The Times Reporter

February 14, 2003

Lending protection opposed

By PAUL M. KRAWZAK
Copley News Service

WASHINGTON – U.S. Rep. Bob Ney, R-St. Clairsville, introduced a predatory-lending bill Thursday that he said would protect borrowers from exorbitant interest rates without harming the mortgage-lending industry.

But several consumer-advocacy groups that were anticipating the legislation contend it actually would remove federal protections for borrowers and neutralize state and local laws that protect consumers.

Defending the proposal, Ney said it would strengthen existing federal laws against predatory lending and establish a “national solution” to the problem. He also described the legislation as “the beginning of the process,” indicating he was open to modifications and compromise.

Predatory lending refers to exploitive, illegal behavior associated with making high-interest mortgage loans to people whose low incomes or poor credit histories make them a poor risk to repay the money.

Among its key provisions, the bill would discourage making loans to people who can’t repay them by prohibiting lenders from collecting a profit when they foreclose on property, or sell it after a borrower fails to make payments.

The plan would bar lenders from charging prepayment penalties after the first four years of a loan, less than the current five-year limitation. It also would require lenders to disclose when a loan has a balloon payment – a large increase in the amount due after a period of time.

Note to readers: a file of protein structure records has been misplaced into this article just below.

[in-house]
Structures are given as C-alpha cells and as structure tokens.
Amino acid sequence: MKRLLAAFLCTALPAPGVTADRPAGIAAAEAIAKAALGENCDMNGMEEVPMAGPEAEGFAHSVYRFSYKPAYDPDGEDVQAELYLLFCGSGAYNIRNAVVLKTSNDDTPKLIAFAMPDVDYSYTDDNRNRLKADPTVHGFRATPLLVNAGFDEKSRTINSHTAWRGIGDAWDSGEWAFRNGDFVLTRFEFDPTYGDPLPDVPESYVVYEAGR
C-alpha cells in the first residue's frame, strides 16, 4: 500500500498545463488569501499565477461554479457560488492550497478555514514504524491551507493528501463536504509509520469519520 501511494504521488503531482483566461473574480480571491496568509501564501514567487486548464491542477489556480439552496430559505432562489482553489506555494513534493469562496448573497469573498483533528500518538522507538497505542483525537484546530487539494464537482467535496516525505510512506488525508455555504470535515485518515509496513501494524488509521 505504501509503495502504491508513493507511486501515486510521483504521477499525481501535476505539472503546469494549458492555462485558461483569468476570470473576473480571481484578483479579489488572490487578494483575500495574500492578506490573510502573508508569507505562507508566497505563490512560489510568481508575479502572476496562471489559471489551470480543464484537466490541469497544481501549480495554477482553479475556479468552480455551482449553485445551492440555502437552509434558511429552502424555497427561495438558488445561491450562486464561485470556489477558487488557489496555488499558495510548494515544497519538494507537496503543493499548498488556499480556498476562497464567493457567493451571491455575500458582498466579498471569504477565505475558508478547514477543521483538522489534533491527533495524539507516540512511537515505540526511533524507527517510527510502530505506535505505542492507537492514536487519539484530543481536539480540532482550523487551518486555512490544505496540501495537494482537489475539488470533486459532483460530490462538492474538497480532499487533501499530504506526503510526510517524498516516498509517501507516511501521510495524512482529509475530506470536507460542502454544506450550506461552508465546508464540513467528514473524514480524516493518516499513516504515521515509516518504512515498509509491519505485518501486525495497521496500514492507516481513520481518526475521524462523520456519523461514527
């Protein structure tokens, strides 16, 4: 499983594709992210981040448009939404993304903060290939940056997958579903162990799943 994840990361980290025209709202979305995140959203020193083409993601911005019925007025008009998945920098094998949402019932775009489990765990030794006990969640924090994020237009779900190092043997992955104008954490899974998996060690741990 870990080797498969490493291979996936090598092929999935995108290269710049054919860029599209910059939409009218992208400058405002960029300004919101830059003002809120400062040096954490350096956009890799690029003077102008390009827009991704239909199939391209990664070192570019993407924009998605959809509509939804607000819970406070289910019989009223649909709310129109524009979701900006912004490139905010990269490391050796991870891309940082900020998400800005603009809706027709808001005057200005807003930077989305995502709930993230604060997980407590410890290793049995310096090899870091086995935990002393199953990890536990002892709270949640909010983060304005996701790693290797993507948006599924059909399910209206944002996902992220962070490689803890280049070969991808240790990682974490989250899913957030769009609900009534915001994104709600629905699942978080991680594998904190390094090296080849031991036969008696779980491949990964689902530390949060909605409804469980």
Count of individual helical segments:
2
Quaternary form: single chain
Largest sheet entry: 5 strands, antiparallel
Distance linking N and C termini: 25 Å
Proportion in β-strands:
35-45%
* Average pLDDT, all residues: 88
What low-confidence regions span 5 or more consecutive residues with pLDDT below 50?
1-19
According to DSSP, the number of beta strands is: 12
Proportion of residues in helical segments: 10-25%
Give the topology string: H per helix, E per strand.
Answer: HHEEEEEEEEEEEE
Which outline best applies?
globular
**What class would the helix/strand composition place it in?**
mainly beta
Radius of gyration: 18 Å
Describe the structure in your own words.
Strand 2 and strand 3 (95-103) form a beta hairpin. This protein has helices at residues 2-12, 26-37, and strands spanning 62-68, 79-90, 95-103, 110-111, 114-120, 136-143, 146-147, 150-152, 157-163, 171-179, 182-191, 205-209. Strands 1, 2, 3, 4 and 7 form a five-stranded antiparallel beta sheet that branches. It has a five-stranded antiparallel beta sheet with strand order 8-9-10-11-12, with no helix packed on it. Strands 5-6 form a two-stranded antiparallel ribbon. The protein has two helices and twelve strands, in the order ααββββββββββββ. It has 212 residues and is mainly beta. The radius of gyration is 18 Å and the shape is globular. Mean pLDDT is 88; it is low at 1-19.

Critics particularly objected to one part of the bill that they say would preempt predatory-lending laws passed by state legislatures and city councils across the nation. Under Ney’s proposal, federal law would take precedence over and invalidate state and local laws, which are often tougher than the Ney bill.

“State laws have been increasingly effective in making the market work better and providing some basic protections,” said Chris Saffert, a deputy director of ACORN, an advocacy group for low- and middle-income families. “Those elected officials have been responding to the problems in their communities.”

Another criticism of the bill is that it would make it legal for loan brokers to collect higher fees from lenders by charging a higher interest rate to borrowers.

Fritz Elmendorf, spokesman for the Consumer Bankers Association, welcomed the bill, which he said strikes a balance between the interests of lenders and borrowers.

Experience with a predatory-lending law in Georgia, which he said has driven lenders out of the state, “shows that simply writing a bill that conforms to what consumer groups want is too extreme,” he said.

While he considers himself a strong believer in states’ rights, Ney said in this case he believes a single national standard regulating high interest mortgages is superior to a “hodgepodge” of state and local laws.

Uncertain of the bill’s prospects, opponents said they might be in for a tough fight against the legislation as Ney is an influential member of the House committee that has jurisdiction over the bill.